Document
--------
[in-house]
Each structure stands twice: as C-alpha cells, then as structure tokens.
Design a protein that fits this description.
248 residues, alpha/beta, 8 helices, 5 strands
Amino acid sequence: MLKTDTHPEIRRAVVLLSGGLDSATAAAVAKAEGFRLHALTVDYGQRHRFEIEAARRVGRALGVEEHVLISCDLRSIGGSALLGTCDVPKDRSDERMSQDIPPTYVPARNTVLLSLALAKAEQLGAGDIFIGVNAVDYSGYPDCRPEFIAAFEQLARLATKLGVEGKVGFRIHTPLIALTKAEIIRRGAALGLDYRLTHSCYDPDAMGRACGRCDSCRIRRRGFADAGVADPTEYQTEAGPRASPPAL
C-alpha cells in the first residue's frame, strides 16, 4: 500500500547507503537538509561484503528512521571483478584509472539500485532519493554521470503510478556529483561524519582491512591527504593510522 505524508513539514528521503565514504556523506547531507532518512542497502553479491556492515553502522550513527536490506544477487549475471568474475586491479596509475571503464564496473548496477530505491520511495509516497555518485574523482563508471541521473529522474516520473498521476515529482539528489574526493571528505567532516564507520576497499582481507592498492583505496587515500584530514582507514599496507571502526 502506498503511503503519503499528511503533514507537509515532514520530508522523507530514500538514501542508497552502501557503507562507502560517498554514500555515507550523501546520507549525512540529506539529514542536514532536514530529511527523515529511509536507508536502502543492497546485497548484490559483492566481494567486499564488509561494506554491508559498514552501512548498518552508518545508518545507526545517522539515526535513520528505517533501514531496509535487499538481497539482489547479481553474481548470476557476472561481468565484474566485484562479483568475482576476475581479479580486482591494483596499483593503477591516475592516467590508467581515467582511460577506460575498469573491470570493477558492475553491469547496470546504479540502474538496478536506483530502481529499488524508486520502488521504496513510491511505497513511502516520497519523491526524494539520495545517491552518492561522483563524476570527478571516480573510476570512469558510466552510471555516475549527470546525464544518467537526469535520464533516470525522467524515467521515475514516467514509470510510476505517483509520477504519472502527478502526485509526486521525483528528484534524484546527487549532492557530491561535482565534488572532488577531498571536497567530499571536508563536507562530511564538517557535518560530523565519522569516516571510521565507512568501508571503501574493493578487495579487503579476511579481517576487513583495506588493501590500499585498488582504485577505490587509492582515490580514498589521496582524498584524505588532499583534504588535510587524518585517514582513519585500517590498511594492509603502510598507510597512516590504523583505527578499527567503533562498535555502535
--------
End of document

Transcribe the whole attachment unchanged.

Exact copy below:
[in-house]
Each structure stands twice: as C-alpha cells, then as structure tokens.
Design a protein that fits this description.
248 residues, alpha/beta, 8 helices, 5 strands
Amino acid sequence: MLKTDTHPEIRRAVVLLSGGLDSATAAAVAKAEGFRLHALTVDYGQRHRFEIEAARRVGRALGVEEHVLISCDLRSIGGSALLGTCDVPKDRSDERMSQDIPPTYVPARNTVLLSLALAKAEQLGAGDIFIGVNAVDYSGYPDCRPEFIAAFEQLARLATKLGVEGKVGFRIHTPLIALTKAEIIRRGAALGLDYRLTHSCYDPDAMGRACGRCDSCRIRRRGFADAGVADPTEYQTEAGPRASPPAL
C-alpha cells in the first residue's frame, strides 16, 4: 500500500547507503537538509561484503528512521571483478584509472539500485532519493554521470503510478556529483561524519582491512591527504593510522 505524508513539514528521503565514504556523506547531507532518512542497502553479491556492515553502522550513527536490506544477487549475471568474475586491479596509475571503464564496473548496477530505491520511495509516497555518485574523482563508471541521473529522474516520473498521476515529482539528489574526493571528505567532516564507520576497499582481507592498492583505496587515500584530514582507514599496507571502526 502506498503511503503519503499528511503533514507537509515532514520530508522523507530514500538514501542508497552502501557503507562507502560517498554514500555515507550523501546520507549525512540529506539529514542536514532536514530529511527523515529511509536507508536502502543492497546485497548484490559483492566481494567486499564488509561494506554491508559498514552501512548498518552508518545508518545507526545517522539515526535513520528505517533501514531496509535487499538481497539482489547479481553474481548470476557476472561481468565484474566485484562479483568475482576476475581479479580486482591494483596499483593503477591516475592516467590508467581515467582511460577506460575498469573491470570493477558492475553491469547496470546504479540502474538496478536506483530502481529499488524508486520502488521504496513510491511505497513511502516520497519523491526524494539520495545517491552518492561522483563524476570527478571516480573510476570512469558510466552510471555516475549527470546525464544518467537526469535520464533516470525522467524515467521515475514516467514509470510510476505517483509520477504519472502527478502526485509526486521525483528528484534524484546527487549532492557530491561535482565534488572532488577531498571536497567530499571536508563536507562530511564538517557535518560530523565519522569516516571510521565507512568501508571503501574493493578487495579487503579476511579481517576487513583495506588493501590500499585498488582504485577505490587509492582515490580514498589521496582524498584524505588532499583534504588535510587524518585517514582513519585500517590498511594492509603502510598507510597512516590504523583505527578499527567503533562498535555502535